You need to find out if there is a transfer fee being levied on you, the buyer. If so, you need to know the amount.

2. What is the maintenance charge?

Societies levy maintenance charges on its members. These could be either monthly, quarterly or semi-annual payments.

The charges are based on the area of your home.

Find out how much it amounts to and when it has to be paid.

3. What’s included in the maintenance charge?

The maintenance will generally cover the municipal tax, property tax, assessment tax, water charges, common electricity charges, elevator charges and charges for hired help like the garbage cleaner and security.

It will be steeper if your society offers additional facilites like a garden, play area for children, swimming pool, gym, club house, etc.

Check in detail what is and what is not included in the charge. For instance, car parking charges will not be included in the maintenance fee.

All members will also have to contribute to a ‘sinking fund’; this fund is used to finance all heavy repairs in the building and in its premises. The amount varies with each society.

4. Are pets allowed?

Even if you don’t have one now, you may think of having one in the future. Check if pets are permitted. If they are, does the society charge a fee?

5. Is car parking provided?

Some societies do not have car parking. Those that do charge for it. Find out how much this is. This will be separately billed to you when you get your society maintenance bill.

Check with the seller of the apartment if his/ her parking slot will be made available to you.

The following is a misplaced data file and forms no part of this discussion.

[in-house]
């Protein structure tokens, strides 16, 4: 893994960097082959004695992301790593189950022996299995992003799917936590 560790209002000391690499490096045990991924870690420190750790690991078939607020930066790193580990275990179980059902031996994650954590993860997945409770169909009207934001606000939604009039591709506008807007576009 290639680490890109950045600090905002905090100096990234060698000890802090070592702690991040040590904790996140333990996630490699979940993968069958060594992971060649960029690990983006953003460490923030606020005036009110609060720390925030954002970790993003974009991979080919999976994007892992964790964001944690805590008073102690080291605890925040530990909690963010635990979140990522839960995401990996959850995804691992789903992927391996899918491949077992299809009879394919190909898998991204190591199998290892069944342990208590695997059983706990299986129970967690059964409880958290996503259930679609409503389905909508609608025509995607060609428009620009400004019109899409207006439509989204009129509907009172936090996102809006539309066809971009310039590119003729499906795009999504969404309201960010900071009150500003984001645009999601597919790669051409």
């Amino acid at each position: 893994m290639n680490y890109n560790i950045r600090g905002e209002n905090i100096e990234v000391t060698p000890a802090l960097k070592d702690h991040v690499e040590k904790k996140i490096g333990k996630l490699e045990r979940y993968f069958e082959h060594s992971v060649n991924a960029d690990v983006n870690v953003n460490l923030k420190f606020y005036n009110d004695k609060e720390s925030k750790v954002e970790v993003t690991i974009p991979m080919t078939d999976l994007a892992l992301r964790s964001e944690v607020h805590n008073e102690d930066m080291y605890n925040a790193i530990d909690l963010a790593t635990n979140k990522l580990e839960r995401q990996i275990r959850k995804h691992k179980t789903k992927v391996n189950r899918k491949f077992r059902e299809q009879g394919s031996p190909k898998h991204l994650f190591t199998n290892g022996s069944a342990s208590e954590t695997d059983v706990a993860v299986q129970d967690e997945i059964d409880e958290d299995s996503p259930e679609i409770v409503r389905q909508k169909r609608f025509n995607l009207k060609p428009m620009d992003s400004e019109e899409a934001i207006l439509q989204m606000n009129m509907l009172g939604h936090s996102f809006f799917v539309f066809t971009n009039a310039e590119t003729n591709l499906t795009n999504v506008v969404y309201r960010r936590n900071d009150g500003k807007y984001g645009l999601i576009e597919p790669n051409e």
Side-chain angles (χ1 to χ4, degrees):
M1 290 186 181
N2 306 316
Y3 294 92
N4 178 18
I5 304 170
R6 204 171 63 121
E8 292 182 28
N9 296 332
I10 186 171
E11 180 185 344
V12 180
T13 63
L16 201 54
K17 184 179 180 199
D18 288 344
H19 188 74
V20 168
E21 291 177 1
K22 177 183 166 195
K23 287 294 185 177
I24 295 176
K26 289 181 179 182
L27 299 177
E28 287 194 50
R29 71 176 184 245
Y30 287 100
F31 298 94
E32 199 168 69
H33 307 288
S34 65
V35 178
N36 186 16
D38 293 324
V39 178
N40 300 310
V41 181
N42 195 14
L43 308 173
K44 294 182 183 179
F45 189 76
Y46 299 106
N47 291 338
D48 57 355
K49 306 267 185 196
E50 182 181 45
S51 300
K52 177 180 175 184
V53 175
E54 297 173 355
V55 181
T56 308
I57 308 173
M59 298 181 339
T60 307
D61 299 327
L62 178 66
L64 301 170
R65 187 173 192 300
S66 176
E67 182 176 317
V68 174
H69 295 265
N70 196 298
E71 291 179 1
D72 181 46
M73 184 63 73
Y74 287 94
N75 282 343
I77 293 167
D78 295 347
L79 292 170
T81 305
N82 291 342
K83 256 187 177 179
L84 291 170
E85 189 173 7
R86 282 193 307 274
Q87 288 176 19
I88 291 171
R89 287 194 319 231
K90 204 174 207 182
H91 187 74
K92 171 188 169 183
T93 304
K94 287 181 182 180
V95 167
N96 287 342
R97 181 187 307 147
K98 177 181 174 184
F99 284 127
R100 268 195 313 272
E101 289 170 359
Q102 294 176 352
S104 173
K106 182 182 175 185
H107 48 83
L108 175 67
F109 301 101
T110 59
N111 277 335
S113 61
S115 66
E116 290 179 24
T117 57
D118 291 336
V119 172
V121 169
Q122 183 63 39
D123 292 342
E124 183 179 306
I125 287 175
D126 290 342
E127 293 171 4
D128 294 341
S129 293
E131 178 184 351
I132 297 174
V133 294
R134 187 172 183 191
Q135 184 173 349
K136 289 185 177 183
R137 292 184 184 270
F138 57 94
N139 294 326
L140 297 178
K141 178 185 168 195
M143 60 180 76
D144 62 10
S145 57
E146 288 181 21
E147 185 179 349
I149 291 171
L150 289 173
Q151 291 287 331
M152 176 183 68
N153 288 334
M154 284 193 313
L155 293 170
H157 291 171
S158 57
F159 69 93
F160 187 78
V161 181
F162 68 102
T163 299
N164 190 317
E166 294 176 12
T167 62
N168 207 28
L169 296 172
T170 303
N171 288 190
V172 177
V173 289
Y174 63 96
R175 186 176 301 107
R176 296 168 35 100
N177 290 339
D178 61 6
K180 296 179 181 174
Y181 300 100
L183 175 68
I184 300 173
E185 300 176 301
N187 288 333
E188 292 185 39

If your previous owner did not have a vehicle, speak to the secretary of the society and ask if a slot can be made available to you.

6. What sort of security is provided?

Is day and night security provided? You may specially consider it if you and your spouse work and leave your little child at home with a maid. Or if you have elderly parents staying with you.

You can also check if they have the intercom system, or if they check before letting someone up to your apartment.

7. Is there a water problem?

Does the society have a tank to store water? Is water supply available all 24 hours?

8. Can you park your child’s bicycle?

Will the society allow you to park it in the corridor? If not, then in the compound? Will they charge you for it?

9. What is the connectivity?

Does the building have a cable connection? What about broadband? There exists more than that meets the naked eye.

Will the seller be leaving the telephone connection behind?

10. Are all the bills settled?

Ask for proof from the seller that all electricity bills and telephone bills have been cleared. From the Date of Possession (when you obtain ownership of the apartment), all the bills become your responsibility.

Also check with the secretary if all other society dues have been settled.

Once you move in, inform the local electricity board of the change in name of the occupant. Find out if there is an electric meter deposit and how much it is. And, if the telephone has been left behind, get it transferred to your name. Also, get in touch with the cable operator for broadband and television. If the society has a gas pipeline, you need to get it transferred in your name.

Buying a home? What to look for
http://in.rediff.com/getahead/2006/dec/28home.htm

Buying a house is an emotional decision. But it needs to be a practical decision too. And, need I say, it is time consuming one as well.

Here, we give you tips on what to look at when scouting around for a house.

Scrutinise the apartment

Visualise yourself in the apartment. Do you see yourself making a home here?

Do you like the layout of the rooms? Are you happy with the long corridors or passages? Where will you dry your clothes? Does it bother you that there are no balconies? Or that all the balconies are enclosed? Is there a lot of wastage of space? Would you be able to renovate the apartment according to your taste? Do you find the rooms too small?